• iPhone Fanbois Called Delusional

    In a report that is raising eyebrows and some laughs throughout the iPhone user community, a marketing firm in Denmark announced that dedicated fans of Apple's smartphones are suffering from a delusional syndrome akin to that experienced by kidnap victims.

    Analyst firm Strand Consult released a report called “How will psychologists describe the iPhone syndrome in the future?” in which they compare the often-defensive attitude shown by iPhone owners to ”Stockholm Syndrome.” Stockholm Syndrome is described as a psychological response, in which hostages develop sympathy and loyalty towards their captors.

    The reports explains that iPhone fans spend lots of their energy “defending the product despite the shortcomings and limitations of both past and present versions of the iPhone.”

    Apple has launched a beautiful phone with a fantastic user interface that has had a number of technological shortcomings that many iPhone users have accepted and defended, despite those shortcomings resulting in limitations in iPhone users’ daily lives.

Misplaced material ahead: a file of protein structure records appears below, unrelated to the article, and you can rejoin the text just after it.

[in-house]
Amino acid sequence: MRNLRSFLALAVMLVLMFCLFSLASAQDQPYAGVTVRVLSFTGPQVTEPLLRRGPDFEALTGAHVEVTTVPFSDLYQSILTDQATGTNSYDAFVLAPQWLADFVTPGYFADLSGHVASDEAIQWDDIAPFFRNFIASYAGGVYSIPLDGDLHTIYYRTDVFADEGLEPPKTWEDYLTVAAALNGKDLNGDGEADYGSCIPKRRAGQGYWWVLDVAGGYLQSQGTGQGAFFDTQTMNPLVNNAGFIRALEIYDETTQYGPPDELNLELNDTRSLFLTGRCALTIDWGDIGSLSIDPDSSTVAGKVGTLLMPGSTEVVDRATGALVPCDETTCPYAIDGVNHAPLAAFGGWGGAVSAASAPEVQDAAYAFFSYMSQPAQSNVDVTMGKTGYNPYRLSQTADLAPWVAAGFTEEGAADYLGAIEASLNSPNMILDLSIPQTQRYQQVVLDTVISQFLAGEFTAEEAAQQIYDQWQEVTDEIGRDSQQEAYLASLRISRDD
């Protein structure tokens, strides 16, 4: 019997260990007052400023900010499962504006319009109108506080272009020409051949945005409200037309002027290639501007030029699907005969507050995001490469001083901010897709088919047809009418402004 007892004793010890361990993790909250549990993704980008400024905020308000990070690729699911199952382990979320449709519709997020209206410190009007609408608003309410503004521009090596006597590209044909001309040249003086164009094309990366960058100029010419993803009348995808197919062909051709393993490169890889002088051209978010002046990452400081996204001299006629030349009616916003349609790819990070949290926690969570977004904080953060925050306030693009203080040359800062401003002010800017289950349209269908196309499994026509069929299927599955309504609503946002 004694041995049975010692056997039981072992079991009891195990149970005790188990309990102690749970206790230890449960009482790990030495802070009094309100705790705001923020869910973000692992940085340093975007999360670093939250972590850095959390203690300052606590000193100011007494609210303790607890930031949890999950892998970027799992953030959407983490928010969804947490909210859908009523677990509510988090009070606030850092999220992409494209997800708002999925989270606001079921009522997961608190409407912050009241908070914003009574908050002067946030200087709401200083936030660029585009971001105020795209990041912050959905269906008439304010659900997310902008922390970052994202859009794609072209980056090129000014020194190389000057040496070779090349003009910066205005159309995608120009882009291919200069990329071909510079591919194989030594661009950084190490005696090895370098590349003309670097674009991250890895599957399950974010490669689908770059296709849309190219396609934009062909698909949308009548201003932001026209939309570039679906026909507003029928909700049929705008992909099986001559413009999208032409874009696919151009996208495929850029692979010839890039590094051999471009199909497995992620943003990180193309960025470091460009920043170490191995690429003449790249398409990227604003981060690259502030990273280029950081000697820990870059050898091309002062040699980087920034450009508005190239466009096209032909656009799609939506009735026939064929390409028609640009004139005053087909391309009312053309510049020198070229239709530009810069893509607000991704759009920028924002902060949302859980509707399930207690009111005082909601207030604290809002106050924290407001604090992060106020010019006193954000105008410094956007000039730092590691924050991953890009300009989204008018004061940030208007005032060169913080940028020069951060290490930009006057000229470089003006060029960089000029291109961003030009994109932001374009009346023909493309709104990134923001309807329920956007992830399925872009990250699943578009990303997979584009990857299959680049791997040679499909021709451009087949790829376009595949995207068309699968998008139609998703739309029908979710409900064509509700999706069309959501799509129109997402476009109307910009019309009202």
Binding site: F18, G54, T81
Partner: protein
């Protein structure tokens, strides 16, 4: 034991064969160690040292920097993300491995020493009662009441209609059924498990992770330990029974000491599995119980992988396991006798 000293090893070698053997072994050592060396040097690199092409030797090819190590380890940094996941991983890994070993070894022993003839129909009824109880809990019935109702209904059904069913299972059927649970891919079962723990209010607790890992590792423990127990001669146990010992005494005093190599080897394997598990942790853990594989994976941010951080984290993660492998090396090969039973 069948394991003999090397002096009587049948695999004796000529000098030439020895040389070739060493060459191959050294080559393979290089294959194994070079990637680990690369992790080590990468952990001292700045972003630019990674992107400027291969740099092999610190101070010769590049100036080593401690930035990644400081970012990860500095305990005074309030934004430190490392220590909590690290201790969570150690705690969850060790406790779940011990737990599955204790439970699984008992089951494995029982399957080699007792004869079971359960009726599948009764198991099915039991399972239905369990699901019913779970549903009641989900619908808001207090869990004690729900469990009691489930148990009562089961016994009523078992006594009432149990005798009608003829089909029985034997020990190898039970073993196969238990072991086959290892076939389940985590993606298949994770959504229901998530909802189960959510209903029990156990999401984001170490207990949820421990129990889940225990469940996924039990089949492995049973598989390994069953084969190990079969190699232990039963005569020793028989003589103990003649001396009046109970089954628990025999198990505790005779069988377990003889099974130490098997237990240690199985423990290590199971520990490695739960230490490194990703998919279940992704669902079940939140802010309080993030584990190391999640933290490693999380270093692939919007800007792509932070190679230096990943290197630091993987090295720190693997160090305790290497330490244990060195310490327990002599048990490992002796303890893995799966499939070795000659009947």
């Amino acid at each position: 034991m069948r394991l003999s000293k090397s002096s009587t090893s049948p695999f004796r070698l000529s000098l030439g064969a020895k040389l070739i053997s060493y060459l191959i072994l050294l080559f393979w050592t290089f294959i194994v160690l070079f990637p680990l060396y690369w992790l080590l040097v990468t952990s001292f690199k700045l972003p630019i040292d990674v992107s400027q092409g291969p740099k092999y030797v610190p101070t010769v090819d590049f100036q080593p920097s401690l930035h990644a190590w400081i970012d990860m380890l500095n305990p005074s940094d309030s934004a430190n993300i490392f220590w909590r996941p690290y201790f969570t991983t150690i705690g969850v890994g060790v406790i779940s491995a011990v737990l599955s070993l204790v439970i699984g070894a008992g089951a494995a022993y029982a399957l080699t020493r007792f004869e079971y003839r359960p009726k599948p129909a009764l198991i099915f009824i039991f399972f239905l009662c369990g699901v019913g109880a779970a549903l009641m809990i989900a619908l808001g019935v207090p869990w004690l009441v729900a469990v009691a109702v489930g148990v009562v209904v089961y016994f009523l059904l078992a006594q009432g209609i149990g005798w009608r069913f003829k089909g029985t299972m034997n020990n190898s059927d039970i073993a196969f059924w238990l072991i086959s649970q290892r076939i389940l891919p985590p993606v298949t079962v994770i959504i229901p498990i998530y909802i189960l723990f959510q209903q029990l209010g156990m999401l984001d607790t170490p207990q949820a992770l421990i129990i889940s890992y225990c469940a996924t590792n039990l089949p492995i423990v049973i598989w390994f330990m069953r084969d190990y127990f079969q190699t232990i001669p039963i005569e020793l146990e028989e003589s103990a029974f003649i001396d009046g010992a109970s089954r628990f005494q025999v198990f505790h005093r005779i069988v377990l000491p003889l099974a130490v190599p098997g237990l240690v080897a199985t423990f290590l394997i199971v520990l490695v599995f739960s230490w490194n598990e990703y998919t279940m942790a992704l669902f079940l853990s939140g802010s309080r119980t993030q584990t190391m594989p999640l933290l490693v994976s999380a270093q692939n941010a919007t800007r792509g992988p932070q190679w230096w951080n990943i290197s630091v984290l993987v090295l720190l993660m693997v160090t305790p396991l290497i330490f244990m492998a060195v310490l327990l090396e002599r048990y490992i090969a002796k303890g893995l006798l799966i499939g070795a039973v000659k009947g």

When we examine the iPhone users’ arguments defending the iPhone, it reminds us of the famous Stockholm Syndrome – a term that was invented by psychologists after a hostage drama in Stockholm. Here hostages reacted to the psychological pressure they were experiencing, by defending the people that had held them hostage for 6 days.
    The report lists the shortcomings of the iPhone - such as the inability to change the battery, or the lack of multitasking - and what they consider to be standard fanboi responses, such as "How many customers run around with spare batteries? None or very few."

    Strand also publishes a free report entitled " The Moment of Truth, a portrait of the iPhone" that claims that "many of the conclusions that the media have published about the significance of the iPhone for mobile operators are not documented in the operators’ - or other key market players - financial statements" and that positive media reports about the iPhone correlate with how close a relationship the media outlet has to Apple.
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